Robert E. Warren ... second assistant director

Art Department

Joseph M. Caracciolo Jr. ... prop master (as Joseph Caracciolo Jr.)
Edward Garzero ... scenic artist
John McDonnell ... props
Carlos Quiles ... construction foreman (as Carlos Quiles Sr.)
William Sohmer ... scenic artist
Dave Weinman ... set dresser (as David Weinman)
Joe Williams Sr. ... construction grip
John Alvin ... poster artist (uncredited)
Mark Bachman ... scenic artist (uncredited)
Philip Gips ... graphic designer (uncredited)
Polly Wood-Holland ... scenic artist (uncredited)

Sound Department

Louis Cerborino ... sound editor (as Lou Cerborino)
Lee Dichter ... re-recording mixer
Frank Graziadei ... boom man
Adam Howell ... sound mixer: Bonus Material DVD
James Sabat ... sound mixer
Louis Sabat ... boom man
Maurice Schell ... sound editor
Harry Peck Bolles ... assistant sound editor (uncredited)
Mark Rathaus ... assistant sound editor (uncredited)
Mel Zelniker ... adr recordist (uncredited)

Camera and Electrical Department

Louis Goldman ... stillman
Gary Muller ... assistant cameraman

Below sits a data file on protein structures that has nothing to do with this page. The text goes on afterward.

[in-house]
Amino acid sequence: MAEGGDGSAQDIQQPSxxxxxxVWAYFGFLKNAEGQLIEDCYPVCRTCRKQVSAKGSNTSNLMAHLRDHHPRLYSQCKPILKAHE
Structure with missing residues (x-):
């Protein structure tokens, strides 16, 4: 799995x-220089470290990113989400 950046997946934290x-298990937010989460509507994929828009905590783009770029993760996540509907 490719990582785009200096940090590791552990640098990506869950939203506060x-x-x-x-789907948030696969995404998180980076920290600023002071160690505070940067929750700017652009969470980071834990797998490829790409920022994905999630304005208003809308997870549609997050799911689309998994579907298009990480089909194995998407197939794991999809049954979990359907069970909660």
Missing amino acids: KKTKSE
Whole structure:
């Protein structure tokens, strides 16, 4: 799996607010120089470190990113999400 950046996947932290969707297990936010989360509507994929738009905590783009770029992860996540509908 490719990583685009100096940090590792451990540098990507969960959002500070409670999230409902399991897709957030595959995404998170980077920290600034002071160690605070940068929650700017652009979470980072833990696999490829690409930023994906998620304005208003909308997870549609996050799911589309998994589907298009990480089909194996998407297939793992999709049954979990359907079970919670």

Hank Muller ... assistant cameraman
Robert Paone ... second assistant cameraman (as Bob Paone)
Ed Quinn ... dolly grip (as Eddie Quinn)
William H. Steiner ... camera operator (as William Steiner)
Dusty Wallace ... gaffer
Robert Ward ... key grip (as Bobby Ward)
Billy Kerwick ... grip (uncredited)

Costume and Wardrobe Department

William Loger ... wardrobe (as Bill Loger)
Marilyn Putnam ... wardrobe

Location Management

Alexandra Decker ... locations
Chris Stoia ... locations

Music Department

Joel Moss ... music engineer
Miles Goodman ... orchestrator (uncredited)
Angela Morley ... additional orchestrator (uncredited)

Script and Continuity Department

Kay Chapin ... script supervisor

Transportation Department

James Fanning ... transportation captain
Michael Avallon ... driver (uncredited)

Other crew

Sarah M. Brim ... production assistant (as Sally Brim)
Eileen Eichenstein ... production office coordinator
Lilith Jacobs ... assistant: Mr. Lumet
Ellen Levene ... unit publicist
Kathleen McGill ... production auditor: Production Services, Ltd.
Todd Winters ... production assistant
Crew verified as complete

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Special Effects


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Plot Summary